One on one… with Dr Cerith Waters
One moment that changed the course of my career
My undergraduate degree was pretty cognitive and behavioural neuroscience heavy, and having been interested in longitudinal studies and the origins of psychopathology since my teenage years I was desperate to learn more about developmental and clinical psychology. Professor Dale Hay had recently transferred from Cambridge to Cardiff University and I had read her work on the impact of maternal postnatal depression on children’s cognitive development with great interest. I got in touch with Dale, probably sounding quite desperate, and asked if we could meet. Dale was very kind with her time and put me in touch with Dr Susan Pawlby who was working at the Channi Kumar Mother and Baby Unit (MBU) in South London. From these initial meetings, the perinatal world had me hooked! I completed my undergraduate dissertation with Dale and Sue, examining mother-infant interaction in the context of severe maternal mental illness. I then went on to complete my PhD on the impact of perinatal depression on children’s cognitive, behavioural and emotional development in the context of young motherhood. Since qualifying as a Clinical Psychologist I have focused on developing psychological interventions and clinical services for families identified as at risk during the perinatal period. When I reflect, I often wonder how different my life would have been had I not plucked up the courage to ask to meet with a Professor to discuss my highly unfeasible ideas for an undergraduate dissertation!
I vividly remember reading Children of the Dust by Louise Lawrence as a 10-year-old. It is a story about life on earth after a nuclear war, detailing the lives of successive generations of the same family who survive by mutating to their poisoned world. It is about loss, fractured family relationships, and ultimately survival. Whilst it terrified me, it also opened my mind to the fragility of the earth and the human species, as well our innate drive to adapt and survive. On reflection, and putting the increased anxiety aside, I think it opened up a new compassion for the earth and all of its inhabitants, sparking an interest in environmental and social justice issues.
At the beginning of the pandemic the NHS Wales Choir produced a rendition of A Bridge Over Troubled Water by Simon and Garfunkel. Hearing this while driving home from work one day was a completely overwhelming experience that somehow connected all of the emotions that I had been experiencing in response to the pandemic. I don’t think I will ever forget this day. I often listen to this song to help me process all that comes with being a parent of young children during a pandemic and working in the NHS and University sectors (https://youtu.be/WXISBPKrf2E).
That has to be the founder of the NHS, Mr Aneurin Bevan.
One thing psychologists could do better
I don’t think we nurture or utilise the potential of our graduates enough. Many become disheartened by the unclear career pathways and fierce competition for opportunities – often spending many years trying to get a ‘foot in the door’ of a psychology profession. The expansion of the ‘psychological wellbeing practitioner’ and ‘graduate psychology’ roles in the NHS presents hope for talented and passionate psychology graduates who want to improve the lives of others. Now more than ever we need to forge clear pathways from psychology degrees into the health, education and social care workforce.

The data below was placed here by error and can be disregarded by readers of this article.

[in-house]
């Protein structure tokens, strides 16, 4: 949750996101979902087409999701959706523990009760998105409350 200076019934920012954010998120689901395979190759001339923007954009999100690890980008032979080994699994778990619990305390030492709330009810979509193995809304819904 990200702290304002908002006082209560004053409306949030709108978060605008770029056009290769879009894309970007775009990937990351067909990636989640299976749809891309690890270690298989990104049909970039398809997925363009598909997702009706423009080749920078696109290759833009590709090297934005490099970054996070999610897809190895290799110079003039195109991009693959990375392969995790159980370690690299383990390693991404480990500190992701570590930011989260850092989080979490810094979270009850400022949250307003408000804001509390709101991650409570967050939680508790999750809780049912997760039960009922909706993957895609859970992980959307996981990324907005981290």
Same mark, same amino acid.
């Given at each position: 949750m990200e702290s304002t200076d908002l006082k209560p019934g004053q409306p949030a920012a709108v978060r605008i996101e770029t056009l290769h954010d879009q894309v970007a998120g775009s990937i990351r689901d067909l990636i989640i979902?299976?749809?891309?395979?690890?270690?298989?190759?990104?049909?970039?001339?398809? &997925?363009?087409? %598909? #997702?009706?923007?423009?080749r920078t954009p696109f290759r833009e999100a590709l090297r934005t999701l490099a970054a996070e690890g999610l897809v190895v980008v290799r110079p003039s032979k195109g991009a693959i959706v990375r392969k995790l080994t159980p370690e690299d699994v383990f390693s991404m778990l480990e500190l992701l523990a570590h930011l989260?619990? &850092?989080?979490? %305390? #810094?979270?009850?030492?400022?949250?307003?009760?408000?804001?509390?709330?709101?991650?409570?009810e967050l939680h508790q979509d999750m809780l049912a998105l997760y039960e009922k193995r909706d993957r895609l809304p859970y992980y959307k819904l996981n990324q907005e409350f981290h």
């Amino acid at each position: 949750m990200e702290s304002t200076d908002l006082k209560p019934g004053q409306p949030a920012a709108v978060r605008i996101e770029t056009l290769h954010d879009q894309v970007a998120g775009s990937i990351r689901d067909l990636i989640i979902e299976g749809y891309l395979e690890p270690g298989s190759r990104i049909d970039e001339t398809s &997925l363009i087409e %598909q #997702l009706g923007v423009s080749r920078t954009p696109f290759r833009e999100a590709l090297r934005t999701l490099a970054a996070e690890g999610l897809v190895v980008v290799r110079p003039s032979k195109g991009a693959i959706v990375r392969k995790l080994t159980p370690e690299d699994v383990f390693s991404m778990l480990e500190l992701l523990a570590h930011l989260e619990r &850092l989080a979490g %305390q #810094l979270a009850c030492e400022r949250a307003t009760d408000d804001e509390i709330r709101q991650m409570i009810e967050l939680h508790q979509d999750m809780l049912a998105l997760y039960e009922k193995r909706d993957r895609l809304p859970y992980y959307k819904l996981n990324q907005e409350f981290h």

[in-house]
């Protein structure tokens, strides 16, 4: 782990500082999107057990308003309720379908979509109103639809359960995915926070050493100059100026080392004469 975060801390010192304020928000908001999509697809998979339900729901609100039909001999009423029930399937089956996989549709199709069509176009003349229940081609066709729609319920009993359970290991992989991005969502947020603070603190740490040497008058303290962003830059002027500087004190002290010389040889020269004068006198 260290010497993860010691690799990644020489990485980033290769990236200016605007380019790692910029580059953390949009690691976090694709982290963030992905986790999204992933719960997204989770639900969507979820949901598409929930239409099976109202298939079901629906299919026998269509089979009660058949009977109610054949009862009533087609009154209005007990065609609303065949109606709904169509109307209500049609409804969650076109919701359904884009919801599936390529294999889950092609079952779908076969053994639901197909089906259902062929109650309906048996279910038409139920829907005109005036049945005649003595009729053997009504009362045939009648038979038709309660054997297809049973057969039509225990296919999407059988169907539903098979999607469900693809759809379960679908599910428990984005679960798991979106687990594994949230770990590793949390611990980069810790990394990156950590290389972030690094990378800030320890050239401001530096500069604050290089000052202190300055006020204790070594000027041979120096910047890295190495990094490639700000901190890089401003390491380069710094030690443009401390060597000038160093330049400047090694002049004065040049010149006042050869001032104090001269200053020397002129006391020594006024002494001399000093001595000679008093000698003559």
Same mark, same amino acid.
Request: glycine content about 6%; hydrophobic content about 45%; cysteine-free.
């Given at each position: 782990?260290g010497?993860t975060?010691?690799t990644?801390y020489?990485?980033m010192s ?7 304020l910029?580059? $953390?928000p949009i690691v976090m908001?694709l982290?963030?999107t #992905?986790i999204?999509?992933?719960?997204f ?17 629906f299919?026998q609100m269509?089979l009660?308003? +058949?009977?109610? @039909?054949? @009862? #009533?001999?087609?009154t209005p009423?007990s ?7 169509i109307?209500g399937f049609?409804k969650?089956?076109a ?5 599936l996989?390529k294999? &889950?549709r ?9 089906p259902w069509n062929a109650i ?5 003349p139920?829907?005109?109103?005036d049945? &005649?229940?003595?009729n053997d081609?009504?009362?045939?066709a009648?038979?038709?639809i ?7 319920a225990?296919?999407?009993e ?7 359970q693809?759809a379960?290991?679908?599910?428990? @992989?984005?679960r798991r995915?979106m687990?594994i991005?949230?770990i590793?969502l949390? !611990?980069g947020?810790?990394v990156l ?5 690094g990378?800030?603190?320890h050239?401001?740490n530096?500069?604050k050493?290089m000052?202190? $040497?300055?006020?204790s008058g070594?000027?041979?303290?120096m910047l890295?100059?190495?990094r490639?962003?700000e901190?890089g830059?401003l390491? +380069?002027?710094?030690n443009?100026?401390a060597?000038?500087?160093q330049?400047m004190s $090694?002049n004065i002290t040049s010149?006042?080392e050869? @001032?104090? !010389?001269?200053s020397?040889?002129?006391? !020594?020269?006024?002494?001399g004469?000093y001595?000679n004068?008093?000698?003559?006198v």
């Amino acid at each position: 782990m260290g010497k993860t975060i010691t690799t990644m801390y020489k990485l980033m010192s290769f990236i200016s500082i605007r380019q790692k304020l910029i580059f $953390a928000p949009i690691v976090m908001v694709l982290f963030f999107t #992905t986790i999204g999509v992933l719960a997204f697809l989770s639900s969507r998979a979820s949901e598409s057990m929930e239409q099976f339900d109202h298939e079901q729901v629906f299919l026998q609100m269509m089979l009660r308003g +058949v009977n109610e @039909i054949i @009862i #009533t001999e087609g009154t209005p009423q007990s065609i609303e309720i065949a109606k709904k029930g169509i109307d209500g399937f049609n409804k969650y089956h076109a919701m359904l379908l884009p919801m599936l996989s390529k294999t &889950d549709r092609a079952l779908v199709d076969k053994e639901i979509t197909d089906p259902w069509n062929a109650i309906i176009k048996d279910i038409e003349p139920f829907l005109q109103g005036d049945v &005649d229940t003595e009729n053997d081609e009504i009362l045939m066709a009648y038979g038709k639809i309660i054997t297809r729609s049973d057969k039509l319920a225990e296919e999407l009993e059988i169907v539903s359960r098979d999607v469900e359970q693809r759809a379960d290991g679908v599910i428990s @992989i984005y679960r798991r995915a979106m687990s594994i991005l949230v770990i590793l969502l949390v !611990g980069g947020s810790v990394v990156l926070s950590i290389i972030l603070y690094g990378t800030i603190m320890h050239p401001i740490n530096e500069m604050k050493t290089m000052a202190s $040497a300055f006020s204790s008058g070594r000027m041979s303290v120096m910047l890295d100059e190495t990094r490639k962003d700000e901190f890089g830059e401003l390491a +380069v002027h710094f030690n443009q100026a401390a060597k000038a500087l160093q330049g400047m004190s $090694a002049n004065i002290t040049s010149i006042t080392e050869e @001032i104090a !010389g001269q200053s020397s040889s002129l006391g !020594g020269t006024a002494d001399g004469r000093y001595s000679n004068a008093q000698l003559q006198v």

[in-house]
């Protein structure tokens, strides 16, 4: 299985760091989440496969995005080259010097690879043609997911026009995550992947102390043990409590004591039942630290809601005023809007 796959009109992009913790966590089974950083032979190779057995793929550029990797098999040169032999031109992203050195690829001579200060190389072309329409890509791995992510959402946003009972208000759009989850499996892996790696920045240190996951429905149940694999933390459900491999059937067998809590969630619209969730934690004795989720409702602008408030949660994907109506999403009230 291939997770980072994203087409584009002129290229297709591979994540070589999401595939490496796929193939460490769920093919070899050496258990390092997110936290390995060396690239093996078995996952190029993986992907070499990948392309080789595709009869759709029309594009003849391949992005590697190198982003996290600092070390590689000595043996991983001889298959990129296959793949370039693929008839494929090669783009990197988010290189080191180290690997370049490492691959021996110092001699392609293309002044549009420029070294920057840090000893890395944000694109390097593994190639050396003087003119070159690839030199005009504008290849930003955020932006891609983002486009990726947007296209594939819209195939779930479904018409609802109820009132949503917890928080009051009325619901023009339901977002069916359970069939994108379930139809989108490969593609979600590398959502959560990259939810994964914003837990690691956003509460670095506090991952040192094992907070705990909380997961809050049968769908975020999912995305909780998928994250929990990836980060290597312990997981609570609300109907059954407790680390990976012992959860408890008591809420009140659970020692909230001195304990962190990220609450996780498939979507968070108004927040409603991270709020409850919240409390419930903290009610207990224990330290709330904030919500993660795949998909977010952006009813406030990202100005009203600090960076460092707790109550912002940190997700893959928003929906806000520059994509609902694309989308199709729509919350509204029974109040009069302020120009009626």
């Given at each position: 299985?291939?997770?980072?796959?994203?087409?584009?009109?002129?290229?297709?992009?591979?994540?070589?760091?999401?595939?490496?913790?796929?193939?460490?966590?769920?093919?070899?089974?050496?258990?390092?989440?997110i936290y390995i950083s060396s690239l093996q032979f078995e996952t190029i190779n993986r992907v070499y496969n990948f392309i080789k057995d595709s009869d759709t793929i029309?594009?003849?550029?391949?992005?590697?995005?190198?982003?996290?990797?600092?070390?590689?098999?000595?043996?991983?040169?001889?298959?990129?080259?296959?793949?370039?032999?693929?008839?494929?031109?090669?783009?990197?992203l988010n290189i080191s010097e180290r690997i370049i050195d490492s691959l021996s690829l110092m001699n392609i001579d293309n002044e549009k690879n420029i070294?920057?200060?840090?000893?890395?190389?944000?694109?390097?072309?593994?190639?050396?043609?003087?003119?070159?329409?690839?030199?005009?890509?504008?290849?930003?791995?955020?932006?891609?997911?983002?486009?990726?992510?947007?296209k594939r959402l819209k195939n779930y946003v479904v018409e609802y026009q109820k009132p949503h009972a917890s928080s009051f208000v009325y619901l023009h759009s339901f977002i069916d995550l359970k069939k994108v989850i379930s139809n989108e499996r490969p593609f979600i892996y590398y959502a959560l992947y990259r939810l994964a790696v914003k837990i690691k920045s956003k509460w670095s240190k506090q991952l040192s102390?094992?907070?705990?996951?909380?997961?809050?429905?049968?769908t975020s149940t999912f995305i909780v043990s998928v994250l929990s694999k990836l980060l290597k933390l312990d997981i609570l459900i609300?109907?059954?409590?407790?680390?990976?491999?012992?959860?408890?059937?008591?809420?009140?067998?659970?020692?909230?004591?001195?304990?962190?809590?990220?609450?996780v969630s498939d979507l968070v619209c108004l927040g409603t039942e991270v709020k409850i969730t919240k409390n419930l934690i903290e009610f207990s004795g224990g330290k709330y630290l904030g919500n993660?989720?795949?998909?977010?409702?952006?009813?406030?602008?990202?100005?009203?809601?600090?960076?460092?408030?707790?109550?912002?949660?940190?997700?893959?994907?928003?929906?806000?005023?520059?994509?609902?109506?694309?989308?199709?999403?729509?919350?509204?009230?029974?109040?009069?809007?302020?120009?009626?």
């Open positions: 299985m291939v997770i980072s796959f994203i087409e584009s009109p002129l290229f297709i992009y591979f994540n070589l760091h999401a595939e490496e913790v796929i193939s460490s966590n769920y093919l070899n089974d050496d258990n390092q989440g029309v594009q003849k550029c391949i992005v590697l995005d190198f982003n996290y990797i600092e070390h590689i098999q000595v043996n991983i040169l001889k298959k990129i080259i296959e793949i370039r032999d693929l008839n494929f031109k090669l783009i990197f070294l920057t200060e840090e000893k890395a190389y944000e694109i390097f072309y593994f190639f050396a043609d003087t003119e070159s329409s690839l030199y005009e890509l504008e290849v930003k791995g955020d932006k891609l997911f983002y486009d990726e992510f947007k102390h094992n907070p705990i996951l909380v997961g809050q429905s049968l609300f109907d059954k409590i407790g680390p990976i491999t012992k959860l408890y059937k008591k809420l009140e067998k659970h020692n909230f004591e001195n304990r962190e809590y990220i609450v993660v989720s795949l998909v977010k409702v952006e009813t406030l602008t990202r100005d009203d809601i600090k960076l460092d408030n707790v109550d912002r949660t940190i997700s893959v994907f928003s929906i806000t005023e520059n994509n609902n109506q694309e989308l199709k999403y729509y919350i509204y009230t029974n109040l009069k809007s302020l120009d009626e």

The back catalogue of Desert Island Discs is a real treasure that never fails to provide me with much comfort and entertainment.
One nugget of advice for aspiring psychologists
Pursue the initial interests that led you to psychology. Email researchers and clinicians whose work speaks to you, even if it is just to share your appreciation! It’s scary, especially if you are from a background where the concept of University is pretty alien! Be brave, reach out, and create opportunities, you never know which door will open.
One proud moment
Being part of the NHS response to the pandemic and ensuring the continuation of vital services for vulnerable parents and babies has to be up there. I felt so proud of how the families I worked with, my trainees and colleagues responded to the crisis. If you told me in 2019 that I would be delivering psychological interventions to parents and babies via the internet in 2020 I would probably have fallen off my chair laughing!
A favourite is Into the Wild, which is based on a true story about an emotionally traumatised young man who becomes disillusioned by society and sets off to live in the wilderness. Unfortunately, he eats a poisonous plant and dies alone in nature. The film has an awesome sound track curated by Eddie Vedder (absolute legend!) that really conveys the emotional climate of the film.
I hope that when the pandemic is over we adopt more environmentally friendly and sustainable ways of living. We have been forced by the pandemic to use video-conferencing to host national meetings, to attend international conferences, and to deliver many clinical and educational services. I don’t think that technology can ever replace our need for social interaction and physical connection, but I do think that our response to the pandemic has proven that we can travel less, work more flexibly, live more locally, and be a greater part of the communities that surround us. The pandemic has brought into sharp focus the inequalities that exist in our society and the need to better nurture the planet. My hope is that we come out of this pandemic taking seriously what the science is telling us, and that we are more compassionate to our fellow humans and take better care of the earth that sustains us.
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